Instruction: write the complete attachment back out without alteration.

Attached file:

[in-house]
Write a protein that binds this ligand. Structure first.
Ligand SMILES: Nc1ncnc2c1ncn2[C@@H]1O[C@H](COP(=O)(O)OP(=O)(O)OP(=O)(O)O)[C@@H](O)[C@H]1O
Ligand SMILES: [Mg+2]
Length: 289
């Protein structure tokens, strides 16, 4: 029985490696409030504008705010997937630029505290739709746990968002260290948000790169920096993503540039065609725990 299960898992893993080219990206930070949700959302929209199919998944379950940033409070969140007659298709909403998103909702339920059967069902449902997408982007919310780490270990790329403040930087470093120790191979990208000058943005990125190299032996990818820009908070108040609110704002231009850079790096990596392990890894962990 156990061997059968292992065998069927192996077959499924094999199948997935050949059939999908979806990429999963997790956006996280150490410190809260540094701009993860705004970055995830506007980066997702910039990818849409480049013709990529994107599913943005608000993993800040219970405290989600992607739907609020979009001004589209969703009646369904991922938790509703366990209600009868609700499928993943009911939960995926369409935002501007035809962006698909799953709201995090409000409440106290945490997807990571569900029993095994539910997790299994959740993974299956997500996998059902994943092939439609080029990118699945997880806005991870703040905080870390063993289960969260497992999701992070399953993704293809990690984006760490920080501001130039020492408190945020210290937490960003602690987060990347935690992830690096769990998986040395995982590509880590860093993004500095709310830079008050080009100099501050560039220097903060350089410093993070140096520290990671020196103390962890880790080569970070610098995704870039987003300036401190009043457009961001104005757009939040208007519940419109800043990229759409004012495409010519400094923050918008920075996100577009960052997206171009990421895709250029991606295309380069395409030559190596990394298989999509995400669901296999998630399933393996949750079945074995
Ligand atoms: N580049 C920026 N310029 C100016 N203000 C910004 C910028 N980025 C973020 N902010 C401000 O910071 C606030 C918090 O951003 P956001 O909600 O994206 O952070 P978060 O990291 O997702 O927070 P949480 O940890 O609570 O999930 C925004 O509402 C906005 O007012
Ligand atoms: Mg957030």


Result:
[in-house]
Write a protein that binds this ligand. Structure first.
Ligand SMILES: Nc1ncnc2c1ncn2[C@@H]1O[C@H](COP(=O)(O)OP(=O)(O)OP(=O)(O)O)[C@@H](O)[C@H]1O
Ligand SMILES: [Mg+2]
Length: 289
């Protein structure tokens, strides 16, 4: 029985490696409030504008705010997937630029505290739709746990968002260290948000790169920096993503540039065609725990 299960898992893993080219990206930070949700959302929209199919998944379950940033409070969140007659298709909403998103909702339920059967069902449902997408982007919310780490270990790329403040930087470093120790191979990208000058943005990125190299032996990818820009908070108040609110704002231009850079790096990596392990890894962990 156990061997059968292992065998069927192996077959499924094999199948997935050949059939999908979806990429999963997790956006996280150490410190809260540094701009993860705004970055995830506007980066997702910039990818849409480049013709990529994107599913943005608000993993800040219970405290989600992607739907609020979009001004589209969703009646369904991922938790509703366990209600009868609700499928993943009911939960995926369409935002501007035809962006698909799953709201995090409000409440106290945490997807990571569900029993095994539910997790299994959740993974299956997500996998059902994943092939439609080029990118699945997880806005991870703040905080870390063993289960969260497992999701992070399953993704293809990690984006760490920080501001130039020492408190945020210290937490960003602690987060990347935690992830690096769990998986040395995982590509880590860093993004500095709310830079008050080009100099501050560039220097903060350089410093993070140096520290990671020196103390962890880790080569970070610098995704870039987003300036401190009043457009961001104005757009939040208007519940419109800043990229759409004012495409010519400094923050918008920075996100577009960052997206171009990421895709250029991606295309380069395409030559190596990394298989999509995400669901296999998630399933393996949750079945074995
Ligand atoms: N580049 C920026 N310029 C100016 N203000 C910004 C910028 N980025 C973020 N902010 C401000 O910071 C606030 C918090 O951003 P956001 O909600 O994206 O952070 P978060 O990291 O997702 O927070 P949480 O940890 O609570 O999930 C925004 O509402 C906005 O007012
Ligand atoms: Mg957030």